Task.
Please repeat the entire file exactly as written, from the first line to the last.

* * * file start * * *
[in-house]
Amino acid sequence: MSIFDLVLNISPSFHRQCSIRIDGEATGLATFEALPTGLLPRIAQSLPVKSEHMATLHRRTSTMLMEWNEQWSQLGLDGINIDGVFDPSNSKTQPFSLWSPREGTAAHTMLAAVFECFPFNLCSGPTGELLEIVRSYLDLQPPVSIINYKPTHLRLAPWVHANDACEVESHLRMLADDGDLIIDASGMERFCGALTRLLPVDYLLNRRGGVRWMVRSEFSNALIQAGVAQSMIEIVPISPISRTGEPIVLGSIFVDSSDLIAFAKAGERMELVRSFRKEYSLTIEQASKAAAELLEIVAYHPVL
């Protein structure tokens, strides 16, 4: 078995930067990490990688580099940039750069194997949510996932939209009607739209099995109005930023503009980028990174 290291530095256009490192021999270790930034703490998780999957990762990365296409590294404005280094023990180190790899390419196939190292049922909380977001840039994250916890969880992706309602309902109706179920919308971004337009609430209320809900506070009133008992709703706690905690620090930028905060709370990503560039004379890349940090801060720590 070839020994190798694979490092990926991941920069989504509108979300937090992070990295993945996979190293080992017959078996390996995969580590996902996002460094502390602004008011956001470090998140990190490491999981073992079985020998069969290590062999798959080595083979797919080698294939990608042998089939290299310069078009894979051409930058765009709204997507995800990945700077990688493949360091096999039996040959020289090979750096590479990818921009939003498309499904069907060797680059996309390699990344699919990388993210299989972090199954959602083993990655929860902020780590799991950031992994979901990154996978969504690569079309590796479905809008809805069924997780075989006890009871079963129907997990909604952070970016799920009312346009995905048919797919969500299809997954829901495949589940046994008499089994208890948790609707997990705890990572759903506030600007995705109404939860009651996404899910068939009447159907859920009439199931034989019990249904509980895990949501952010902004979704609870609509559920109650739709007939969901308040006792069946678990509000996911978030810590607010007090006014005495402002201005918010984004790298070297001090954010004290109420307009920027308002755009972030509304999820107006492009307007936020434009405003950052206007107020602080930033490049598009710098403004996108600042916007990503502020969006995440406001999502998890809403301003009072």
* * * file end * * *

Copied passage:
[in-house]
Amino acid sequence: MSIFDLVLNISPSFHRQCSIRIDGEATGLATFEALPTGLLPRIAQSLPVKSEHMATLHRRTSTMLMEWNEQWSQLGLDGINIDGVFDPSNSKTQPFSLWSPREGTAAHTMLAAVFECFPFNLCSGPTGELLEIVRSYLDLQPPVSIINYKPTHLRLAPWVHANDACEVESHLRMLADDGDLIIDASGMERFCGALTRLLPVDYLLNRRGGVRWMVRSEFSNALIQAGVAQSMIEIVPISPISRTGEPIVLGSIFVDSSDLIAFAKAGERMELVRSFRKEYSLTIEQASKAAAELLEIVAYHPVL
């Protein structure tokens, strides 16, 4: 078995930067990490990688580099940039750069194997949510996932939209009607739209099995109005930023503009980028990174 290291530095256009490192021999270790930034703490998780999957990762990365296409590294404005280094023990180190790899390419196939190292049922909380977001840039994250916890969880992706309602309902109706179920919308971004337009609430209320809900506070009133008992709703706690905690620090930028905060709370990503560039004379890349940090801060720590 070839020994190798694979490092990926991941920069989504509108979300937090992070990295993945996979190293080992017959078996390996995969580590996902996002460094502390602004008011956001470090998140990190490491999981073992079985020998069969290590062999798959080595083979797919080698294939990608042998089939290299310069078009894979051409930058765009709204997507995800990945700077990688493949360091096999039996040959020289090979750096590479990818921009939003498309499904069907060797680059996309390699990344699919990388993210299989972090199954959602083993990655929860902020780590799991950031992994979901990154996978969504690569079309590796479905809008809805069924997780075989006890009871079963129907997990909604952070970016799920009312346009995905048919797919969500299809997954829901495949589940046994008499089994208890948790609707997990705890990572759903506030600007995705109404939860009651996404899910068939009447159907859920009439199931034989019990249904509980895990949501952010902004979704609870609509559920109650739709007939969901308040006792069946678990509000996911978030810590607010007090006014005495402002201005918010984004790298070297001090954010004290109420307009920027308002755009972030509304999820107006492009307007936020434009405003950052206007107020602080930033490049598009710098403004996108600042916007990503502020969006995440406001999502998890809403301003009072």